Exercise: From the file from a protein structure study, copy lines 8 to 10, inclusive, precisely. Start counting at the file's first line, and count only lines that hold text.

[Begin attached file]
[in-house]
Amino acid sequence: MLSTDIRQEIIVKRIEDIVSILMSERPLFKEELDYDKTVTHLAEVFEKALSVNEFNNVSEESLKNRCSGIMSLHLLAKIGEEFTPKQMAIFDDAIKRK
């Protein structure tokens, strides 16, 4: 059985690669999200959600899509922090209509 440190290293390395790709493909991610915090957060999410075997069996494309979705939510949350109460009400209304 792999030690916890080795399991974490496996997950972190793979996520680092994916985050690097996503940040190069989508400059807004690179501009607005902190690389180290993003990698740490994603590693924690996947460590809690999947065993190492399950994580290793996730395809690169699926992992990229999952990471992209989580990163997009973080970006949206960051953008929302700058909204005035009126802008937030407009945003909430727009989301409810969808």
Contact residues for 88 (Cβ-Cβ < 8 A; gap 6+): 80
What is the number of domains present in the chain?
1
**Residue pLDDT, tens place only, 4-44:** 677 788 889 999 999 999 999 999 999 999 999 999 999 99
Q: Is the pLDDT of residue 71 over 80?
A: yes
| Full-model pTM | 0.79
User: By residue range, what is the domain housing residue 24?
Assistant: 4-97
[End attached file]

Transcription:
Q: Is the pLDDT of residue 71 over 80?
A: yes
| Full-model pTM | 0.79